Midland students are being recruited by Islamic fundamentalists who are grooming them to become extremists, a Birmingham MP claimed.
Groups such as Hizb ut-Tahrir and Al-Muhajiroun are targeting students at university and college campuses in the region, said Khalid Mahmood.
Aston University said it shared the MP's concerns and admitted it had contacted security forces in the last month about the recruiting activities of extremists.
But Hizb ut-Tahrir rejected the claims against it, saying it was willing to address any "legitimate concerns" about its activities.
Mr Mahmood, Labour MP for Perry Barr, said the universities of Birmingham, Aston and Wolverhampton were being targeted along with regional colleges.
"What they do is try and get the young people who are in further or higher education who have an issue and want to learn about their religion," he said.
"They start off with positive points but slowly scoop them away and bring in fundamentalist and extreme views.
"Most of the parents who have lost kids through this say they became alienated because they are told their parents aren't practising the religion properly."
Mr Mahmood claimed once youngsters were hooked, other people then got involved in "steering them away from the mainstream into a very isolated sector".
"Fortunately a lot of young people, while they do go to the seminars, don't go for the whole remit.
"You only get a few that go all the way but as far as I am concerned it is enough given the effects it is having as we saw last month."
Professor Mike Wright, vice-chancellor of Aston University, said his institution was aware of the activities of various groups. "I share Khalid's concerns," he said.
"There is a list of extremist groups which we won't allow access to university facilities. It's not just Muslim groups, there are all sorts of groups.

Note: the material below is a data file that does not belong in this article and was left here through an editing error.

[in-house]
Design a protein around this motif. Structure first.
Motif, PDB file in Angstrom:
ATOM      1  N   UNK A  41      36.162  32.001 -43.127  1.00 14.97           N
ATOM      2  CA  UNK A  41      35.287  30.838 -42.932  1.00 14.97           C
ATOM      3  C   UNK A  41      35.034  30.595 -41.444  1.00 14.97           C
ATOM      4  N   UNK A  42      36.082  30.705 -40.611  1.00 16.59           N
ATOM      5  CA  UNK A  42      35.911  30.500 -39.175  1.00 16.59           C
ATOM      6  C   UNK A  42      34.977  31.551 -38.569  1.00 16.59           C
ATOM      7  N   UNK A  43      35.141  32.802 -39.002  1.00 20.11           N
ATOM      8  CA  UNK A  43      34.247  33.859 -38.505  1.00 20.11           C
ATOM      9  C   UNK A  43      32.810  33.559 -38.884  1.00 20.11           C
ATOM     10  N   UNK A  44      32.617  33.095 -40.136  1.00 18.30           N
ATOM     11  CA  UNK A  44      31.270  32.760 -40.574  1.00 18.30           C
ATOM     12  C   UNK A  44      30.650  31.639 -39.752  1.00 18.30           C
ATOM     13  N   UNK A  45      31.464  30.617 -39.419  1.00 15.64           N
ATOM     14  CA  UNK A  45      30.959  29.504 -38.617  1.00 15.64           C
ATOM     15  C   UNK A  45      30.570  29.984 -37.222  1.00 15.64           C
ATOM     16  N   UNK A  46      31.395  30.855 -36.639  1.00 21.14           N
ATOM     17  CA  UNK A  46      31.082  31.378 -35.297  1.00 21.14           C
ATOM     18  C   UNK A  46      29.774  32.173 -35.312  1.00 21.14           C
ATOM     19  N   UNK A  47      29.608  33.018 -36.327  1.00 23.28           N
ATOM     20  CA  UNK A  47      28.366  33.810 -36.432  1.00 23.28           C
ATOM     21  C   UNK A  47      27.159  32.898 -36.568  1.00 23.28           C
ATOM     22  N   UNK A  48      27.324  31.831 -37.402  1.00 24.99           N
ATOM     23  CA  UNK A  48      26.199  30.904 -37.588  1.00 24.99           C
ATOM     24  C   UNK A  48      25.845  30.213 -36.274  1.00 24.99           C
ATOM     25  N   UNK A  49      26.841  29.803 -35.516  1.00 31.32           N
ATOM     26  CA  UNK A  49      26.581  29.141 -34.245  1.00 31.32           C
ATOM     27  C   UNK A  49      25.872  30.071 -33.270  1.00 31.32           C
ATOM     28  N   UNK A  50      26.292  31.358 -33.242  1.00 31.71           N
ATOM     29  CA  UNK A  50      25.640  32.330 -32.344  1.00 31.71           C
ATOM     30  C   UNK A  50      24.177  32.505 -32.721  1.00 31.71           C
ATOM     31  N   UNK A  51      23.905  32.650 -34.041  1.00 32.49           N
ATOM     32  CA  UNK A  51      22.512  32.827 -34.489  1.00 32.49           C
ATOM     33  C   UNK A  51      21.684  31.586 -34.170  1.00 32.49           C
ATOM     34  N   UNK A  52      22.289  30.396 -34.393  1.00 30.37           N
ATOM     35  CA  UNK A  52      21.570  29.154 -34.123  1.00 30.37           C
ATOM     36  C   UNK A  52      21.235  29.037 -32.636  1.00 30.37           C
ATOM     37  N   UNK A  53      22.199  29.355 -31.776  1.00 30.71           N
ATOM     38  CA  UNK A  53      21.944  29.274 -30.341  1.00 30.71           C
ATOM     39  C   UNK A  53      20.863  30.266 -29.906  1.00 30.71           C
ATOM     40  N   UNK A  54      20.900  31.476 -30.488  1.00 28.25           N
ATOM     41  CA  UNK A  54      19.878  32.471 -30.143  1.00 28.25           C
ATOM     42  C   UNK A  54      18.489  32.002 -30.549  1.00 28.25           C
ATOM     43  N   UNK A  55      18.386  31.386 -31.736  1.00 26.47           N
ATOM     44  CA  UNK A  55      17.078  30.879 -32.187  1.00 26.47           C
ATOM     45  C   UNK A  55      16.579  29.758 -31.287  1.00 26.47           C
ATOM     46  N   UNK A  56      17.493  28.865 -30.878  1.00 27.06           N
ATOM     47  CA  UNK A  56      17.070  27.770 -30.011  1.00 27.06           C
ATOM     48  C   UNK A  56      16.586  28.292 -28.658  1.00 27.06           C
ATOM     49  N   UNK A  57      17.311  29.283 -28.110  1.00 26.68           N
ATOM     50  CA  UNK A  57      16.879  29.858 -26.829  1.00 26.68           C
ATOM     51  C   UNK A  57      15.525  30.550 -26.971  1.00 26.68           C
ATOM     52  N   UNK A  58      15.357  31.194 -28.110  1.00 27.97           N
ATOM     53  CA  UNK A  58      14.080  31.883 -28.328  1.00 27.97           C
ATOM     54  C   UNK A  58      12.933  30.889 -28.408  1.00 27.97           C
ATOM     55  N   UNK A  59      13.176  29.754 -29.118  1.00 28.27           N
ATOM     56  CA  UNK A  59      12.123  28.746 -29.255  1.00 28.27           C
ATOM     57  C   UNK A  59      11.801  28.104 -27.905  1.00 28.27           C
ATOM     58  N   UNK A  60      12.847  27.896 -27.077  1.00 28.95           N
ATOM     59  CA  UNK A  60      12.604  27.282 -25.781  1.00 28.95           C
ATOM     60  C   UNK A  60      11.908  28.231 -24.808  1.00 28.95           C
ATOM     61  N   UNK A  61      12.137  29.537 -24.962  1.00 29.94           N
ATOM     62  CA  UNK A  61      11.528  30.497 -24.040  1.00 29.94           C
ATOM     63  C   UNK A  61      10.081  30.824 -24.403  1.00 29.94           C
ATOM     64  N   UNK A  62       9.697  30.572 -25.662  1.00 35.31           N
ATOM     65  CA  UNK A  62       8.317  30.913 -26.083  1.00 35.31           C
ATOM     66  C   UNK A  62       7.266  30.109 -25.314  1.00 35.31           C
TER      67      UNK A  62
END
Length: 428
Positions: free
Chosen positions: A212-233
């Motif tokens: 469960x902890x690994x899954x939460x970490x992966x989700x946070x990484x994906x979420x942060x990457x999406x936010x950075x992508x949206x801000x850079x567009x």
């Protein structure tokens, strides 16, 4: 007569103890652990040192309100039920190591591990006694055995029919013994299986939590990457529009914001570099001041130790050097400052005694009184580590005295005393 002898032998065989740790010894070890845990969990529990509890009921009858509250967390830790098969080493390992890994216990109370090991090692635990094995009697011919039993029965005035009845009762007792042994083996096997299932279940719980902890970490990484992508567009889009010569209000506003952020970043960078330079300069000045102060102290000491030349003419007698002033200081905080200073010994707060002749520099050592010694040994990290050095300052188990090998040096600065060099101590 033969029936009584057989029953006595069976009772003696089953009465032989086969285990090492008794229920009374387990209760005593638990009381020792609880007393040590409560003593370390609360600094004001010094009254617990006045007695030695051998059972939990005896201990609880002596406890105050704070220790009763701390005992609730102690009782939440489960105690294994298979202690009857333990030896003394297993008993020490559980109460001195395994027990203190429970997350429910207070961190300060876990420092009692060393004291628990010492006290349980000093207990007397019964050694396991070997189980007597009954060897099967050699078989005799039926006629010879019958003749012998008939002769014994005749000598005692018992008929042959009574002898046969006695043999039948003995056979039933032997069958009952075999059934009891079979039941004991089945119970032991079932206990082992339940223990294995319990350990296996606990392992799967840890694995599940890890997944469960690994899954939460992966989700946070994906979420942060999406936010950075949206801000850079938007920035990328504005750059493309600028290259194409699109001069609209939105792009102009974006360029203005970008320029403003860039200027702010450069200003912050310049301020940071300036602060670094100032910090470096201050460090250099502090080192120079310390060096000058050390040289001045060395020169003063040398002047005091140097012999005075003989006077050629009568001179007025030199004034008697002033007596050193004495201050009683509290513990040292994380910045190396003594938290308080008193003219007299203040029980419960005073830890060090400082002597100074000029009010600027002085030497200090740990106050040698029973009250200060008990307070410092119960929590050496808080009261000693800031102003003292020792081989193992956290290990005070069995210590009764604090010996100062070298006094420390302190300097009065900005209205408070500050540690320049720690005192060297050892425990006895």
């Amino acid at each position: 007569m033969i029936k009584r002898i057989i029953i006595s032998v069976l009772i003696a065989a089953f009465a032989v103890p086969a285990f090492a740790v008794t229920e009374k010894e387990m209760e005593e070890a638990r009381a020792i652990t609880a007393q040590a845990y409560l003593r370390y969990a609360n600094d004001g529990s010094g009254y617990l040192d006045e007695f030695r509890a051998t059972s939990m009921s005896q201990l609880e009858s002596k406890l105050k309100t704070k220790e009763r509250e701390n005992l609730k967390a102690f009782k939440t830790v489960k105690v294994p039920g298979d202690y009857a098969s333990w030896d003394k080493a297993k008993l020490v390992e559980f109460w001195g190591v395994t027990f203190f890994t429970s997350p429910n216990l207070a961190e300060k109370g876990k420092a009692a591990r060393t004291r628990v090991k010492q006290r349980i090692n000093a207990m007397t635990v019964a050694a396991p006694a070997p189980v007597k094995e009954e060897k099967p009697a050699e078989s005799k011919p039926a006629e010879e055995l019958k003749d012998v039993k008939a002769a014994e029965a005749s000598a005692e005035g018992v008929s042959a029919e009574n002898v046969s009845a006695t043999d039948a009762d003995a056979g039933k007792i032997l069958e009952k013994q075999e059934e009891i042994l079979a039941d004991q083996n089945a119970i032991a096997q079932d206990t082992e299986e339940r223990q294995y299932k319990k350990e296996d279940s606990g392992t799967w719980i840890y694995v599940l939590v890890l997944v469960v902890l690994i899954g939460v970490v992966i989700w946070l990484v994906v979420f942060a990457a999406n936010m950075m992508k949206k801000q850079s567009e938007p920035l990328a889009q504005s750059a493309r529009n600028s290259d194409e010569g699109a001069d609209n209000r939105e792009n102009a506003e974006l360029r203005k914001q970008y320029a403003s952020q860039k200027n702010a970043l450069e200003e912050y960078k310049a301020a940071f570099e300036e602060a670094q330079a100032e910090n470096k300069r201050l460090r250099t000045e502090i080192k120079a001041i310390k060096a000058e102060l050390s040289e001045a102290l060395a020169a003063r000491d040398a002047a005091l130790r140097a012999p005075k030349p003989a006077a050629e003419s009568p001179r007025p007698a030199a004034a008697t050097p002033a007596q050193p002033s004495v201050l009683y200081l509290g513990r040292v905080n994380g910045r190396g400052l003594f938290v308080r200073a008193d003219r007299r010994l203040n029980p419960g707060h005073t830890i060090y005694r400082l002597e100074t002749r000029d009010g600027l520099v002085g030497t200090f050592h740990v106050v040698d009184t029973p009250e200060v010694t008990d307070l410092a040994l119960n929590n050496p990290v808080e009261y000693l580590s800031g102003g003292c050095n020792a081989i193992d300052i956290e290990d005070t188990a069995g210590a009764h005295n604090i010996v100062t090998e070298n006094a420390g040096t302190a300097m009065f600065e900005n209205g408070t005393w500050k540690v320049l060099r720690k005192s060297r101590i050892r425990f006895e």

"Where it becomes difficult is when they don't approach us and ask if they can come on campus."
Prof Wright said there had recently been an occasion when the university felt concerned enough to contact security forces. "We have had to do that recently about a month ago. All of the universities have threat contact points. We get a very swift response.
"If we find out something like this is going on we take action to stop it."
A spokeswoman for the University of Birmingham said it was not aware of any specific targeting taking place. "We take an assertive stance with regard to tolerance which we actively monitor," she said.
Al-Muhajiroun has in the past called for the overthrow of the British Government and wants to wants to establish a Muslim state in the UK.
Hizb ut-Tahrir is banned in Germany, Holland and Russia, and the Government has been under pressure to institute a similar ban.
Dr Imran Waheed, a Birmingham doctor and British media representative for Hizb ut-Tahrir, rejected Mr Mahmood's criticisms.
"Khalid often confuses us with other organisations and attributes quotes to us that were not said by us," he said.
"I have told him that we are civilised people and if there are things that people do not agree with in our dealings with youth, we are willing to look at any legitimate concerns.
"Hizb ut-Tahrir connects very well with youth but we seek to channel their concerns into seeking political solutions rather than taking up arms or making emotional outbursts."
Dr Waheed said the group's recent conference, at Aston University, promoted a "very responsible view on the role of Muslim women in 21st Century Britain".